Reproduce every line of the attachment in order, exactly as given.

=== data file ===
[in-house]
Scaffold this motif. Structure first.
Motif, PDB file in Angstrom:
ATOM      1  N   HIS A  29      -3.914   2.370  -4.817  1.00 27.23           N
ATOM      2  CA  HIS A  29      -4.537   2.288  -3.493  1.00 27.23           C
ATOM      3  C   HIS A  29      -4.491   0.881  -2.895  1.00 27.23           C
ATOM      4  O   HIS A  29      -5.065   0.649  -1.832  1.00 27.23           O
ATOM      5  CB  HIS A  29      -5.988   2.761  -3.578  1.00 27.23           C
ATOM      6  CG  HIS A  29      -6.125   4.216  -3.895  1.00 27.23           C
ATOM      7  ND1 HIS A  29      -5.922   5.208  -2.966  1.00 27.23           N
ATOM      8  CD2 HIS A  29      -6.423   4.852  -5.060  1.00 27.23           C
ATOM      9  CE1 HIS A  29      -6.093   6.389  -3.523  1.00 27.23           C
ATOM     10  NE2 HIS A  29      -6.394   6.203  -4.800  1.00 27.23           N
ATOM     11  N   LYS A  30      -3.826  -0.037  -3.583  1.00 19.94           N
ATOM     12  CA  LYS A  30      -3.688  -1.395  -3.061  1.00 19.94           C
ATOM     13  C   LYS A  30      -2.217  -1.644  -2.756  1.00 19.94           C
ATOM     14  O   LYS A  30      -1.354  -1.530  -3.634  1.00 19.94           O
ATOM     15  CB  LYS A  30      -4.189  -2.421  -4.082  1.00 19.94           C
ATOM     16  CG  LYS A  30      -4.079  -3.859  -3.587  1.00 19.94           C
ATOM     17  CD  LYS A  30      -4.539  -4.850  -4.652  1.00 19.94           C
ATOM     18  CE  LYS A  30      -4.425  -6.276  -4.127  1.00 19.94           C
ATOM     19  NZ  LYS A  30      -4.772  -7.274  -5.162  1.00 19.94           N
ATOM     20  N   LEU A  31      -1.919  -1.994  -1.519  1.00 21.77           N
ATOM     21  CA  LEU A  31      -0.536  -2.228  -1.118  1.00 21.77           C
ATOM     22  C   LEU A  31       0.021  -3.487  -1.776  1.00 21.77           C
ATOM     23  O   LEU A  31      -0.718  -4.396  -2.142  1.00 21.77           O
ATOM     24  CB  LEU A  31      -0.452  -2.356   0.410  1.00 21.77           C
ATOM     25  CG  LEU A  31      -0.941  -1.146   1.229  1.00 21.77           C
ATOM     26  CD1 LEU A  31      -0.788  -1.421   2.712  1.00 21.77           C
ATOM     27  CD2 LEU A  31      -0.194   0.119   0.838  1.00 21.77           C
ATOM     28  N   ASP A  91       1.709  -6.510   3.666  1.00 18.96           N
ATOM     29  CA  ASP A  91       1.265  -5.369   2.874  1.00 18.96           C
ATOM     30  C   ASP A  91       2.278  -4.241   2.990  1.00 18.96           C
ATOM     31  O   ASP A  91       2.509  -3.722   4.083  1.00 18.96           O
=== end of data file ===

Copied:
[in-house]
Scaffold this motif. Structure first.
Motif, PDB file in Angstrom:
ATOM      1  N   HIS A  29      -3.914   2.370  -4.817  1.00 27.23           N
ATOM      2  CA  HIS A  29      -4.537   2.288  -3.493  1.00 27.23           C
ATOM      3  C   HIS A  29      -4.491   0.881  -2.895  1.00 27.23           C
ATOM      4  O   HIS A  29      -5.065   0.649  -1.832  1.00 27.23           O
ATOM      5  CB  HIS A  29      -5.988   2.761  -3.578  1.00 27.23           C
ATOM      6  CG  HIS A  29      -6.125   4.216  -3.895  1.00 27.23           C
ATOM      7  ND1 HIS A  29      -5.922   5.208  -2.966  1.00 27.23           N
ATOM      8  CD2 HIS A  29      -6.423   4.852  -5.060  1.00 27.23           C
ATOM      9  CE1 HIS A  29      -6.093   6.389  -3.523  1.00 27.23           C
ATOM     10  NE2 HIS A  29      -6.394   6.203  -4.800  1.00 27.23           N
ATOM     11  N   LYS A  30      -3.826  -0.037  -3.583  1.00 19.94           N
ATOM     12  CA  LYS A  30      -3.688  -1.395  -3.061  1.00 19.94           C
ATOM     13  C   LYS A  30      -2.217  -1.644  -2.756  1.00 19.94           C
ATOM     14  O   LYS A  30      -1.354  -1.530  -3.634  1.00 19.94           O
ATOM     15  CB  LYS A  30      -4.189  -2.421  -4.082  1.00 19.94           C
ATOM     16  CG  LYS A  30      -4.079  -3.859  -3.587  1.00 19.94           C
ATOM     17  CD  LYS A  30      -4.539  -4.850  -4.652  1.00 19.94           C
ATOM     18  CE  LYS A  30      -4.425  -6.276  -4.127  1.00 19.94           C
ATOM     19  NZ  LYS A  30      -4.772  -7.274  -5.162  1.00 19.94           N
ATOM     20  N   LEU A  31      -1.919  -1.994  -1.519  1.00 21.77           N
ATOM     21  CA  LEU A  31      -0.536  -2.228  -1.118  1.00 21.77           C
ATOM     22  C   LEU A  31       0.021  -3.487  -1.776  1.00 21.77           C
ATOM     23  O   LEU A  31      -0.718  -4.396  -2.142  1.00 21.77           O
ATOM     24  CB  LEU A  31      -0.452  -2.356   0.410  1.00 21.77           C
ATOM     25  CG  LEU A  31      -0.941  -1.146   1.229  1.00 21.77           C
ATOM     26  CD1 LEU A  31      -0.788  -1.421   2.712  1.00 21.77           C
ATOM     27  CD2 LEU A  31      -0.194   0.119   0.838  1.00 21.77           C
ATOM     28  N   ASP A  91       1.709  -6.510   3.666  1.00 18.96           N
ATOM     29  CA  ASP A  91       1.265  -5.369   2.874  1.00 18.96           C
ATOM     30  C   ASP A  91       2.278  -4.241   2.990  1.00 18.96           C
ATOM     31  O   ASP A  91       2.509  -3.722   4.083  1.00 18.96           O